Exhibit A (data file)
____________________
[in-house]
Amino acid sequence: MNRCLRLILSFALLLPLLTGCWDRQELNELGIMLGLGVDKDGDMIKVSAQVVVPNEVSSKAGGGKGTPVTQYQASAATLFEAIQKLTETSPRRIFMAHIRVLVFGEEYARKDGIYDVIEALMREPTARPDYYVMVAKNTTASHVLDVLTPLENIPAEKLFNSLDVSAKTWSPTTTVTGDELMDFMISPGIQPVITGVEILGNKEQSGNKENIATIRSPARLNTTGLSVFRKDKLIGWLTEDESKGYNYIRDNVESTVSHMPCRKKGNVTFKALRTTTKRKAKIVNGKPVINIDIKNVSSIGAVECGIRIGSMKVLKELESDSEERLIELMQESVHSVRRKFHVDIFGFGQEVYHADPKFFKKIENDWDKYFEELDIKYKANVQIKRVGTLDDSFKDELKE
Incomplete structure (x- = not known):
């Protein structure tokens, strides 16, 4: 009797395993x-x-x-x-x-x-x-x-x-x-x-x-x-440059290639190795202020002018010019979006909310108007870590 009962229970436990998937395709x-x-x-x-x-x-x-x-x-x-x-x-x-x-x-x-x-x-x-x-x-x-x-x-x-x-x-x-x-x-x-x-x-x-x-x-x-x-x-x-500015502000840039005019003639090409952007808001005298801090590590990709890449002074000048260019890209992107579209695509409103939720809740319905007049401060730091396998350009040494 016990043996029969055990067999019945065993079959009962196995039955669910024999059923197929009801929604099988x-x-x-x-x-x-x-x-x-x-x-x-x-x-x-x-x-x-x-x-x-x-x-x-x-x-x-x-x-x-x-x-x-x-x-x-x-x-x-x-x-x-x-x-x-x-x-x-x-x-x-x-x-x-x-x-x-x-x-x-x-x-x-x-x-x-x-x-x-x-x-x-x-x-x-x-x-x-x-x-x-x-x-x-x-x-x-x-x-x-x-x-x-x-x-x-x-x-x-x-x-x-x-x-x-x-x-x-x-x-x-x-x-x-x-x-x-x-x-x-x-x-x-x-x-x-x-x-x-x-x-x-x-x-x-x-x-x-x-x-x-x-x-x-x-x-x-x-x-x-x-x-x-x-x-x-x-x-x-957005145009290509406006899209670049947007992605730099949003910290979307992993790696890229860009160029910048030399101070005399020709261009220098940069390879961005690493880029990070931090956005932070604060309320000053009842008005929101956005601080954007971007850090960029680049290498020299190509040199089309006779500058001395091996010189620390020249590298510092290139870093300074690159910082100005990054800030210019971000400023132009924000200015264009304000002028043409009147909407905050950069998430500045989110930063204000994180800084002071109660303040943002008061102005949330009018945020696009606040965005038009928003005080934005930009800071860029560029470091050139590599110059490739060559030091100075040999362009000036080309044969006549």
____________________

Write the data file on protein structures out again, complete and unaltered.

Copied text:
[in-house]
Amino acid sequence: MNRCLRLILSFALLLPLLTGCWDRQELNELGIMLGLGVDKDGDMIKVSAQVVVPNEVSSKAGGGKGTPVTQYQASAATLFEAIQKLTETSPRRIFMAHIRVLVFGEEYARKDGIYDVIEALMREPTARPDYYVMVAKNTTASHVLDVLTPLENIPAEKLFNSLDVSAKTWSPTTTVTGDELMDFMISPGIQPVITGVEILGNKEQSGNKENIATIRSPARLNTTGLSVFRKDKLIGWLTEDESKGYNYIRDNVESTVSHMPCRKKGNVTFKALRTTTKRKAKIVNGKPVINIDIKNVSSIGAVECGIRIGSMKVLKELESDSEERLIELMQESVHSVRRKFHVDIFGFGQEVYHADPKFFKKIENDWDKYFEELDIKYKANVQIKRVGTLDDSFKDELKE
Incomplete structure (x- = not known):
């Protein structure tokens, strides 16, 4: 009797395993x-x-x-x-x-x-x-x-x-x-x-x-x-440059290639190795202020002018010019979006909310108007870590 009962229970436990998937395709x-x-x-x-x-x-x-x-x-x-x-x-x-x-x-x-x-x-x-x-x-x-x-x-x-x-x-x-x-x-x-x-x-x-x-x-x-x-x-x-500015502000840039005019003639090409952007808001005298801090590590990709890449002074000048260019890209992107579209695509409103939720809740319905007049401060730091396998350009040494 016990043996029969055990067999019945065993079959009962196995039955669910024999059923197929009801929604099988x-x-x-x-x-x-x-x-x-x-x-x-x-x-x-x-x-x-x-x-x-x-x-x-x-x-x-x-x-x-x-x-x-x-x-x-x-x-x-x-x-x-x-x-x-x-x-x-x-x-x-x-x-x-x-x-x-x-x-x-x-x-x-x-x-x-x-x-x-x-x-x-x-x-x-x-x-x-x-x-x-x-x-x-x-x-x-x-x-x-x-x-x-x-x-x-x-x-x-x-x-x-x-x-x-x-x-x-x-x-x-x-x-x-x-x-x-x-x-x-x-x-x-x-x-x-x-x-x-x-x-x-x-x-x-x-x-x-x-x-x-x-x-x-x-x-x-x-x-x-x-x-x-x-x-x-x-x-x-957005145009290509406006899209670049947007992605730099949003910290979307992993790696890229860009160029910048030399101070005399020709261009220098940069390879961005690493880029990070931090956005932070604060309320000053009842008005929101956005601080954007971007850090960029680049290498020299190509040199089309006779500058001395091996010189620390020249590298510092290139870093300074690159910082100005990054800030210019971000400023132009924000200015264009304000002028043409009147909407905050950069998430500045989110930063204000994180800084002071109660303040943002008061102005949330009018945020696009606040965005038009928003005080934005930009800071860029560029470091050139590599110059490739060559030091100075040999362009000036080309044969006549």